Influenza: a virus in our own backyards

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Photo courtesy of: The CDC

This is a microscopic version of what a strain of influenza looks like. While looking small, the flu is capable of being a powerful disease, and even taking lives in extreme cases without the vaccination.

Information accurate as of March 5

While many people are worried about the coronavirus, which is at large in Wuhan, China, perhaps they should instead be focusing their attention on a virus that they are much more likely to receive.
The influenza virus, better known as the flu, has quickly been spreading around the globe due to its contagious nature.
Flu season usually begins in October and can extend to as late as early April. This flu season in particular has been brutal, with over 22 million people contracting the disease. According to WebMD, officials had previously said that this year’s flu season was on track to be one of the worst in decades.
The flu affects the nose, throat and sometimes the lungs. Symptoms vary from person to person, but can include fever, chills, dry coughs and muscle aches, as well as headache, fatigue, sore throat and nasal congestion.
“It started with a headache, then moved on to congestion and achy body, and I had a temperature,” Kelsey June-Fragale, an English teacher, said regarding the symptoms she faced when she had the illness.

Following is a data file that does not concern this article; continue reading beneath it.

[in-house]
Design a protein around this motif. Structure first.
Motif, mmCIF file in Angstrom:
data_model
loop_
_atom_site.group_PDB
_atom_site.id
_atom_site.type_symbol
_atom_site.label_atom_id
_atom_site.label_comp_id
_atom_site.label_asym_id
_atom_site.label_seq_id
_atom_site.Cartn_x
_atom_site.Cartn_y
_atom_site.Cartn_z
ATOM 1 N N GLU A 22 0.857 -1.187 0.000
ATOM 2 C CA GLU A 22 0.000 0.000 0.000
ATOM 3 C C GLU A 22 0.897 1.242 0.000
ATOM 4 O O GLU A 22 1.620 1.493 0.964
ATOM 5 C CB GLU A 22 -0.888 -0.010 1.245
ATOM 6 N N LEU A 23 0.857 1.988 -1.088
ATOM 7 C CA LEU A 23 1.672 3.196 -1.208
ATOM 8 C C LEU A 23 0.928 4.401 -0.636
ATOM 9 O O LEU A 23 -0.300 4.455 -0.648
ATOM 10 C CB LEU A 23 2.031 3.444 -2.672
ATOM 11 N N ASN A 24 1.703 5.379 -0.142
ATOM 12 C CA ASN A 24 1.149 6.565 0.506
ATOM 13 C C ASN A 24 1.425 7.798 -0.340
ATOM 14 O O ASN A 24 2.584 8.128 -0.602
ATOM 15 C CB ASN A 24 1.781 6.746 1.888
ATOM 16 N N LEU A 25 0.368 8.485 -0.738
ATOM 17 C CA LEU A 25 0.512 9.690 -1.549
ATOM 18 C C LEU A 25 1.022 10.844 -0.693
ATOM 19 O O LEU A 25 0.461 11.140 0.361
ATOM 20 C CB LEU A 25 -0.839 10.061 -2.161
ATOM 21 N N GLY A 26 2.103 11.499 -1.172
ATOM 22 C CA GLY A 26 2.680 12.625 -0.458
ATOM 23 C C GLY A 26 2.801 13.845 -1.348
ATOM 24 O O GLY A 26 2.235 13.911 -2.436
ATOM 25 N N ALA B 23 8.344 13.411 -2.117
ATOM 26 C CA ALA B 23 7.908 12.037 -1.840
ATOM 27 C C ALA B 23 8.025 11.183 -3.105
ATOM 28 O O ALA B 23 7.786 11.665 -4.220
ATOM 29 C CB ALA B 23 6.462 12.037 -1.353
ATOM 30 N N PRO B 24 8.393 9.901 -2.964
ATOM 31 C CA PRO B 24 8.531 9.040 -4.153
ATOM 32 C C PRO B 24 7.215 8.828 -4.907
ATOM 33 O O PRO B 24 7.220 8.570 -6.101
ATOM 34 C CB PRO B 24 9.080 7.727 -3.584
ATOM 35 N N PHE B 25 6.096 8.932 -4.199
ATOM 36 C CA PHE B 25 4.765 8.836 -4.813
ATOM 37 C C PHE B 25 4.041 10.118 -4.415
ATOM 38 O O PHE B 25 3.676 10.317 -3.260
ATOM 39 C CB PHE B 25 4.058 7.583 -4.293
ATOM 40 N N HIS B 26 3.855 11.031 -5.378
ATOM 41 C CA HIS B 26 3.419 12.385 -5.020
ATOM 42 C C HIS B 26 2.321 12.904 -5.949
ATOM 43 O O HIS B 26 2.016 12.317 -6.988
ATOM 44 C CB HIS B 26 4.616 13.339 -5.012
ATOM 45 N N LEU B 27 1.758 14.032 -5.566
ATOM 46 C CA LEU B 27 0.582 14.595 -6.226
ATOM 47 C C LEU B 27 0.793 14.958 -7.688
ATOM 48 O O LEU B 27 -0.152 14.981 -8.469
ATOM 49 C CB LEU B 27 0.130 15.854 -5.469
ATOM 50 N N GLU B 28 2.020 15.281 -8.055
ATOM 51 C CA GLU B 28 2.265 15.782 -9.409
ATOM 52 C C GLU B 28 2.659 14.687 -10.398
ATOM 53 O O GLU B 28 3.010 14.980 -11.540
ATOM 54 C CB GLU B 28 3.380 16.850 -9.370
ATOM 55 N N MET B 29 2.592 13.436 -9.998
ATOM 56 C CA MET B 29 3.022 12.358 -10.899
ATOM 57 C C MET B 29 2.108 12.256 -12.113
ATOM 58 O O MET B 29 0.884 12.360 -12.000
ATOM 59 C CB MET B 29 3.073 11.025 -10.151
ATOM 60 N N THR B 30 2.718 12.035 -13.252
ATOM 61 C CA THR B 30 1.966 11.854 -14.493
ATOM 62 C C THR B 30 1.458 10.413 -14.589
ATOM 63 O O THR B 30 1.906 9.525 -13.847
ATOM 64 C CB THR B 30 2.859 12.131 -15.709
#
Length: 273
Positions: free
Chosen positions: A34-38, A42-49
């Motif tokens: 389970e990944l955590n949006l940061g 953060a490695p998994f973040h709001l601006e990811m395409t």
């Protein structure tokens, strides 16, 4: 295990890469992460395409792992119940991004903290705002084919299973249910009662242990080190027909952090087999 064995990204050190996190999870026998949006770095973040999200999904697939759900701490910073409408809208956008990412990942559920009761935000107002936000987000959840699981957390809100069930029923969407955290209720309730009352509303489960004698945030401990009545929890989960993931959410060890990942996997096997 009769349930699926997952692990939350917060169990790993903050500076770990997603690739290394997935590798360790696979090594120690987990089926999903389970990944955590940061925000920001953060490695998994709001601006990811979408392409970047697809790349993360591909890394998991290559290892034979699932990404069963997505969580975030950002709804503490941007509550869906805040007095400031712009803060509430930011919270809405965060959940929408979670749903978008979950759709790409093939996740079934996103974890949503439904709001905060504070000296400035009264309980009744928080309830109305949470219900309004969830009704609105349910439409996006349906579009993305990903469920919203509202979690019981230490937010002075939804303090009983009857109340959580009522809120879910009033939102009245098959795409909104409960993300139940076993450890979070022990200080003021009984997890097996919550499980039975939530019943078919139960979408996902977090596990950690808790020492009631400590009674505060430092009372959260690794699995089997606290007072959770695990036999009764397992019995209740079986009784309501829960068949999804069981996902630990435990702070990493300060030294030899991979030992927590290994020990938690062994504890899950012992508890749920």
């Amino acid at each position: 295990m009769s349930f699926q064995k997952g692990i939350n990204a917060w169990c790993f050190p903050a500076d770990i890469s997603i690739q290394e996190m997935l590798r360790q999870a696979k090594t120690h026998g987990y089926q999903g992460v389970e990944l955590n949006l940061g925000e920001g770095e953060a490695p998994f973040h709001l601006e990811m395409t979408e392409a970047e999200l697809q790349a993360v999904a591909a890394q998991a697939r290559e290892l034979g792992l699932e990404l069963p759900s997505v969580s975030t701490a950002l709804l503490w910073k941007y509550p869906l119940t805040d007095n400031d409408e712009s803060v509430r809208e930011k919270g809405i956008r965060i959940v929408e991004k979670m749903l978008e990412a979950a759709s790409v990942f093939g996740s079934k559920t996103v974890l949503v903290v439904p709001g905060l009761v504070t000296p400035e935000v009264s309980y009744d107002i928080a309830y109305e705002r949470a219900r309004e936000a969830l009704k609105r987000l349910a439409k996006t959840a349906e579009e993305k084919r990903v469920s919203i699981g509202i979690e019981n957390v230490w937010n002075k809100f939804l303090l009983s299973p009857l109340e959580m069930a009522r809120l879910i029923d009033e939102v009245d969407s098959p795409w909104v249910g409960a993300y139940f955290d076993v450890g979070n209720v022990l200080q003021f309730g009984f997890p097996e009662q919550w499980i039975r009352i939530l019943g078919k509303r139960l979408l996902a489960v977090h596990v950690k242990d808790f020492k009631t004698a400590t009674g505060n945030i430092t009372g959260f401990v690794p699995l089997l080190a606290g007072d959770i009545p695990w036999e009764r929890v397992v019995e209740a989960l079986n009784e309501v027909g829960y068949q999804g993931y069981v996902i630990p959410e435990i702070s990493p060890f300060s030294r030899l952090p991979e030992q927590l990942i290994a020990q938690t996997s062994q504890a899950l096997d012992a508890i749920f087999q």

“They were out for a long time, so they’re probably bad,” Annie Laursen, ‘24, said regarding the severity of flu symptoms that her fellow classmates had.

The severity may also vary depending on a person’s immune system. Those with stronger immune systems will be better equipped to fight off the disease.
There are two strains when it comes to the flu: influenza A and influenza B. Strain B has been more common in young adults up to age 24, while strain A has been more common in older adults, according to WebMD.
The flu has taken WHHS by storm. Many students at WHHS have fallen ill and have been forced to stay home from school until their illness has passed.

Students in every one of my classes have been out with the flu”

— Kelsey June-Fragale, AP Language & Composition and British Literature teacher

June-Fragale said that “students in every one of my classes have been out with the flu.”
There are, of course, multiple steps that can be taken in order to prevent contraction of the flu. “I think it’s easily preventable,” Laursen said, “if people just cover their coughs and stay home if they’re sick. And, you know, get vaccinated.”
Not only that, but there are also steps teachers can take in order to ensure that students at WHHS can stay at home and still be able to manage the heavy workload.
“One of the things I started doing was putting out extra instructions on Schoology for things that students might have missed in addition to the homework,” June-Fragale said. She also builds more flexibility in her lesson plans due to this issue.
As it can be seen, the impact that the flu has on not only WHHS, but America as a whole, is greater than the impact of the coronavirus.
Due to this, awareness of the flu is key, and if you do end up receiving it, be sure to get plenty of rest and do whatever is possible to keep it away from your family and friends.